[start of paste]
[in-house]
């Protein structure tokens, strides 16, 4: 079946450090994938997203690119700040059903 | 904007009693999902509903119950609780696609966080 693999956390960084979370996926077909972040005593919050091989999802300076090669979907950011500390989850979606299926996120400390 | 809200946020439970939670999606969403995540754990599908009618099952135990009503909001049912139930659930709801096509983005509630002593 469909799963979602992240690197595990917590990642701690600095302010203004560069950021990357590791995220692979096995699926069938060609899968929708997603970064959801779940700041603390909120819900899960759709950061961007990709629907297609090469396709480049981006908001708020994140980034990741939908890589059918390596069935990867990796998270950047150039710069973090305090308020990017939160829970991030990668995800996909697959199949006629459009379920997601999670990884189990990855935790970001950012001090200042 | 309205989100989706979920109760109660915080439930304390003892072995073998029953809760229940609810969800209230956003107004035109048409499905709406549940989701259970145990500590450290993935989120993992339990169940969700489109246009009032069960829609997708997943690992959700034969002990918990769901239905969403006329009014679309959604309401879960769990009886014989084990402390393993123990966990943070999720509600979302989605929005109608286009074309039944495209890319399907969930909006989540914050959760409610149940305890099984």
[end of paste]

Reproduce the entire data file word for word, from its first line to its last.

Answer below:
[in-house]
């Protein structure tokens, strides 16, 4: 079946450090994938997203690119700040059903 | 904007009693999902509903119950609780696609966080 693999956390960084979370996926077909972040005593919050091989999802300076090669979907950011500390989850979606299926996120400390 | 809200946020439970939670999606969403995540754990599908009618099952135990009503909001049912139930659930709801096509983005509630002593 469909799963979602992240690197595990917590990642701690600095302010203004560069950021990357590791995220692979096995699926069938060609899968929708997603970064959801779940700041603390909120819900899960759709950061961007990709629907297609090469396709480049981006908001708020994140980034990741939908890589059918390596069935990867990796998270950047150039710069973090305090308020990017939160829970991030990668995800996909697959199949006629459009379920997601999670990884189990990855935790970001950012001090200042 | 309205989100989706979920109760109660915080439930304390003892072995073998029953809760229940609810969800209230956003107004035109048409499905709406549940989701259970145990500590450290993935989120993992339990169940969700489109246009009032069960829609997708997943690992959700034969002990918990769901239905969403006329009014679309959604309401879960769990009886014989084990402390393993123990966990943070999720509600979302989605929005109608286009074309039944495209890319399907969930909006989540914050959760409610149940305890099984």